In this case study our intention was to start to develop an approach to operationalising the values-rules-knowledge framework. To do this, we used an example of a landscape that contains a diversity of different biophysical systems, and embodies a broad range of uses, values, and perspectives related to them. We considered that contrasts between cropping/grazing systems and conservation uses would provide a useful basis for assessing a range of possible options and decisions for adaptation to climate change.
We therefore developed biophysical adaptation pathways for temperate grassy eucalypt woodland landscapes of the wheat-sheep zone of south-eastern Australia, which are expected to become warmer and drier under climate change. We used the vrk framework to identify potential constraints to implementing steps in the pathways.
Drawing on expert knowledge, published literature, biodiversity modelling and stakeholder workshops we identified potential adaptation pathways for (1) the cropping/grazing production matrix, (2) high conservation value remnant vegetation, and (3) woodland trees in the study landscapes. The pathways involved likely shifts from mixed cropping and grazing towards rangeland grazing or biomass enterprises; promoting re-assembly of native ecological communities with locally and regionally native species and provenances, and maintaining the ecosystem services and habitat that trees provide through a range of approaches.
Across all pathways, applying the vrk framework elucidated twelve key constraints to effective implementation, ranging from farm viability constraints and changing effectiveness of threatened ecological community legislation, to conflicting values about exotic plants. Six of the constraints involved two or three way interactions among values, rules and knowledge; ten involved rules, seven involved values, and only four involved lack of knowledge. Constraints underpinned by values appeared to be the most difficult to address, whereas those underpinned by rule- or knowledge-based challenges were often more tangible.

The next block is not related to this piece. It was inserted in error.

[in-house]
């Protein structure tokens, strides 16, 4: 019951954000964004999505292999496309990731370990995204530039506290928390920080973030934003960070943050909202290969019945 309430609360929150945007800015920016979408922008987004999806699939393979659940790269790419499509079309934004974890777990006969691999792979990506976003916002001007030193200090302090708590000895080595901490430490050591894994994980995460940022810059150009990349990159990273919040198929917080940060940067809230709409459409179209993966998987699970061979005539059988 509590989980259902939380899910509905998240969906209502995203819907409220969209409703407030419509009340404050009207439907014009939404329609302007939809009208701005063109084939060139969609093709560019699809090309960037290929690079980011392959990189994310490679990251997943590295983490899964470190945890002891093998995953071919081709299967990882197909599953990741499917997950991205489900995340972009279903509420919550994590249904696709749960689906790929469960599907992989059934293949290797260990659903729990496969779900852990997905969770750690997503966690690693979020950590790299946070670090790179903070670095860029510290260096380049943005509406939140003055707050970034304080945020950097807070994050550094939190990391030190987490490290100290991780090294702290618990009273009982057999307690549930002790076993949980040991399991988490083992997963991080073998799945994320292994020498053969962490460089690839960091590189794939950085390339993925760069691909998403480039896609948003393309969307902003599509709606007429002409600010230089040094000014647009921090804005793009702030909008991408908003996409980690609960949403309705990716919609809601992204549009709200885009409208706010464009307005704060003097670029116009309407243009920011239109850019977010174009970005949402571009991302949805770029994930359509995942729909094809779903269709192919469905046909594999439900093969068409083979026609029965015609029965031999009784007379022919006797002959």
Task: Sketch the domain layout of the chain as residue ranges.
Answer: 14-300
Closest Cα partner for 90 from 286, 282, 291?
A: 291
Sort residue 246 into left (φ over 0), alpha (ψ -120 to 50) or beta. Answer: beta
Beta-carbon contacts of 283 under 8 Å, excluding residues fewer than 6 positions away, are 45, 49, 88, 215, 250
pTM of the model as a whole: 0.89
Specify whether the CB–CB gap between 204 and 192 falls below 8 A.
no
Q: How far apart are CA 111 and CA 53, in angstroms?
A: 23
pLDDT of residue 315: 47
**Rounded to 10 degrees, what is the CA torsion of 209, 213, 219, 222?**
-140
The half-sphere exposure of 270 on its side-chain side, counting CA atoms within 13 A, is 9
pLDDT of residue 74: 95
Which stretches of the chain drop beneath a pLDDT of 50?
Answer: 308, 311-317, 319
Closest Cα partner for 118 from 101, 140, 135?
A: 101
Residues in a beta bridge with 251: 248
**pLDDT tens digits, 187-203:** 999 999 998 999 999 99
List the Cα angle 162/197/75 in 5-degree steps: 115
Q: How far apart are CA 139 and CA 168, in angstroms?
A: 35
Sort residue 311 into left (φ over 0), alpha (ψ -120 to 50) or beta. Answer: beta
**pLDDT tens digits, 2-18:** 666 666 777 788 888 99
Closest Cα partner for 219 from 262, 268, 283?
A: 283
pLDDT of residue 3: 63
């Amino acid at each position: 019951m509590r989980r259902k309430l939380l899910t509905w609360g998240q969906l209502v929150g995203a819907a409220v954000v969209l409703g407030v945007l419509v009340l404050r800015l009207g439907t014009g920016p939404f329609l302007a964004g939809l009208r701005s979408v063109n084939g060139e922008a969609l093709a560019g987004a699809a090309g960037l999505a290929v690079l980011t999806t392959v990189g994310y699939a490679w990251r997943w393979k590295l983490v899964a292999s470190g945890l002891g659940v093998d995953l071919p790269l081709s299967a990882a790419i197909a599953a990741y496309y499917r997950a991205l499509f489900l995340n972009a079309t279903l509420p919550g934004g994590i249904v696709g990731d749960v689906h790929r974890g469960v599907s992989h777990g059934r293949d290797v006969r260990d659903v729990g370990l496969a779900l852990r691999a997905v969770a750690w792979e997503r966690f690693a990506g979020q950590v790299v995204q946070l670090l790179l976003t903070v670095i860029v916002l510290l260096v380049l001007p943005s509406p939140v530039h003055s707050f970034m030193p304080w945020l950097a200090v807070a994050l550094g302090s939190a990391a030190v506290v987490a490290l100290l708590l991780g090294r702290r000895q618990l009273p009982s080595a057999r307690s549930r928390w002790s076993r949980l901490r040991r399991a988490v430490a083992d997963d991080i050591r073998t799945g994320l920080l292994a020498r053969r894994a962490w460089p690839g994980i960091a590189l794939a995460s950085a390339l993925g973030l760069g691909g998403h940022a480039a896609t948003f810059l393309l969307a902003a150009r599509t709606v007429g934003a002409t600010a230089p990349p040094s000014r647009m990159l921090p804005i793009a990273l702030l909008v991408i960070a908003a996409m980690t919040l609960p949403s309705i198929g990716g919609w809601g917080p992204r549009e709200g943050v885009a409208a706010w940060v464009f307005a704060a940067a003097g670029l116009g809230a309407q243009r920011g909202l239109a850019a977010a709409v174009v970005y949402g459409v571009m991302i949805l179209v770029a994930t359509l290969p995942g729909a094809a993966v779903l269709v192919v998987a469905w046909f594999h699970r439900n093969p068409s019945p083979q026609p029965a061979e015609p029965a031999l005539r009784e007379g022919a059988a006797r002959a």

We concluded that the values-rules-knowledge approach is helpful to connect the biophysical knowledge-based view of adaptation, and a perspective focusing on adjustments in social systems, enabling recognition and targeting of constraints to adaptation. Our focus on pathways and decision points in different sectors of the multi-use landscape also highlighted the importance of higher-level policy and planning for balancing the collective outcomes of multiple decisions by many land managers.